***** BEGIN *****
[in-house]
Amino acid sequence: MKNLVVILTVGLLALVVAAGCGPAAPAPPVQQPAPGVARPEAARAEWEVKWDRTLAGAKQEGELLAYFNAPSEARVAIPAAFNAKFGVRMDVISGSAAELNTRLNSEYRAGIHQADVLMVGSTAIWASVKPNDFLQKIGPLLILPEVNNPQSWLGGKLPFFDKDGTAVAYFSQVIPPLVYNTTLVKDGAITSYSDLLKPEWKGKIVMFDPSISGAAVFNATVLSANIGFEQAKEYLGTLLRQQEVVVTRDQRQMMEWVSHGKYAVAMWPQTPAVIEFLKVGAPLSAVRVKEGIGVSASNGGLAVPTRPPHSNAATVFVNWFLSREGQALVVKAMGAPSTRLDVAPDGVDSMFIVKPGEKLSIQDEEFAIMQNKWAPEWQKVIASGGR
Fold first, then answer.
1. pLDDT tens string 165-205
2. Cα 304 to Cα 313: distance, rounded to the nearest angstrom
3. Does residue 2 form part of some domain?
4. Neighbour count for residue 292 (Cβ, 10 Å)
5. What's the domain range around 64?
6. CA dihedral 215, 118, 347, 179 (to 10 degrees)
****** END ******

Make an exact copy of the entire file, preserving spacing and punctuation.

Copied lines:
[in-house]
Amino acid sequence: MKNLVVILTVGLLALVVAAGCGPAAPAPPVQQPAPGVARPEAARAEWEVKWDRTLAGAKQEGELLAYFNAPSEARVAIPAAFNAKFGVRMDVISGSAAELNTRLNSEYRAGIHQADVLMVGSTAIWASVKPNDFLQKIGPLLILPEVNNPQSWLGGKLPFFDKDGTAVAYFSQVIPPLVYNTTLVKDGAITSYSDLLKPEWKGKIVMFDPSISGAAVFNATVLSANIGFEQAKEYLGTLLRQQEVVVTRDQRQMMEWVSHGKYAVAMWPQTPAVIEFLKVGAPLSAVRVKEGIGVSASNGGLAVPTRPPHSNAATVFVNWFLSREGQALVVKAMGAPSTRLDVAPDGVDSMFIVKPGEKLSIQDEEFAIMQNKWAPEWQKVIASGGR
Fold first, then answer.
1. pLDDT tens string 165-205
2. Cα 304 to Cα 313: distance, rounded to the nearest angstrom
3. Does residue 2 form part of some domain?
4. Neighbour count for residue 292 (Cβ, 10 Å)
5. What's the domain range around 64?
6. CA dihedral 215, 118, 347, 179 (to 10 degrees)